are one potential cause of blood in the urine (also known as hematuria). As the stones grow they may eventually become large enough to irritate either the lining of the kidney or the ureter (the tube connecting the kidney to the bladder) and cause injury to the local cells and capillaries. Kidney stones are usually associated with some degree of pain if they are also causing hematuria, and this pain can be experienced anywhere from the flanks to the groin depending on the location of the stone.
While kidney stones are one possibility, the differential diagnosis for hematuria is broad. It also includes urinary tract and kidney infections, bladder stones, kidney disease (such as glomerulonephritis or inflammation of the kidney cells), and malignancy.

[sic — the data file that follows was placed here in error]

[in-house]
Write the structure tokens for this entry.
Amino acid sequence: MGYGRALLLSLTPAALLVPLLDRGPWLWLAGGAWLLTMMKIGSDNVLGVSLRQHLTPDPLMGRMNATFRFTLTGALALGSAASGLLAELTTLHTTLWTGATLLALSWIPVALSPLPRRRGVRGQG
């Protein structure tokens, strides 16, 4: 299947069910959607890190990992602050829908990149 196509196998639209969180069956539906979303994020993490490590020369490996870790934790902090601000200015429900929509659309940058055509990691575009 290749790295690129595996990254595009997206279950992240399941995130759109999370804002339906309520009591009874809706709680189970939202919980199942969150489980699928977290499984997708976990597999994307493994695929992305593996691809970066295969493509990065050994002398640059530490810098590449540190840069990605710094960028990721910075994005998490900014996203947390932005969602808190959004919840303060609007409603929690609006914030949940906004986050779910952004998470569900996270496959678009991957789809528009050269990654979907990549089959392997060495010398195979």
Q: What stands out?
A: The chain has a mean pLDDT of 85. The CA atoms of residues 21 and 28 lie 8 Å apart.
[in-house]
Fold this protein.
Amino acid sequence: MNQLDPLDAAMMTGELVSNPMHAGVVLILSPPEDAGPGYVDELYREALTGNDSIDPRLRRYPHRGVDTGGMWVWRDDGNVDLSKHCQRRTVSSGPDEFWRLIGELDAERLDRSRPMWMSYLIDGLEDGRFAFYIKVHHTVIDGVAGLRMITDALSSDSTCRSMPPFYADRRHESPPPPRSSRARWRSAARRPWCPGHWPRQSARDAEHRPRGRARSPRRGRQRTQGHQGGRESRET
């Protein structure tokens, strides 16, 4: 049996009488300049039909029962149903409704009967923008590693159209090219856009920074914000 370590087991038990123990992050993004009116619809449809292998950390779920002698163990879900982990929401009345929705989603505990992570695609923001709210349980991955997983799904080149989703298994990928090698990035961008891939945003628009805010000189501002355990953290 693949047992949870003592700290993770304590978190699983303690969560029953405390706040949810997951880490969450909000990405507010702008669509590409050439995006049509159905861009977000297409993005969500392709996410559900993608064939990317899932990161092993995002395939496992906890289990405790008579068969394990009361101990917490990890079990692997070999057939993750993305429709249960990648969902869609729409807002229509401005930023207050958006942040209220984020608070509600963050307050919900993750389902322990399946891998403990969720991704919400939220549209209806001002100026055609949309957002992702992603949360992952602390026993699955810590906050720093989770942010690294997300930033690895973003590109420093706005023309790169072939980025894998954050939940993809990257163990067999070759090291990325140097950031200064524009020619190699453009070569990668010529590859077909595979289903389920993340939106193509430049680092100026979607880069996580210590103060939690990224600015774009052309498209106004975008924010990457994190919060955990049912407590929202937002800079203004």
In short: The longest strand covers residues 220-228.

If you are experiencing any change in the color of your urine, then you should seek out the care of your primary care physician
. Routine urinalysis can confirm the presence of red blood cells in the urine. The urine can also be tested for infection by sending a sample for culture. Blood tests may be done to check kidney function. If the source of the blood is unclear, a CT scan
of the ureters and kidneys may be performed to rule out any stones or structural abnormalities responsible for the blood. If this is negative and bleeding persists, then the likely next step will be cystoscopy, in which a tube with a camera is inserted through the urethra in order the visualize the inside of the bladder.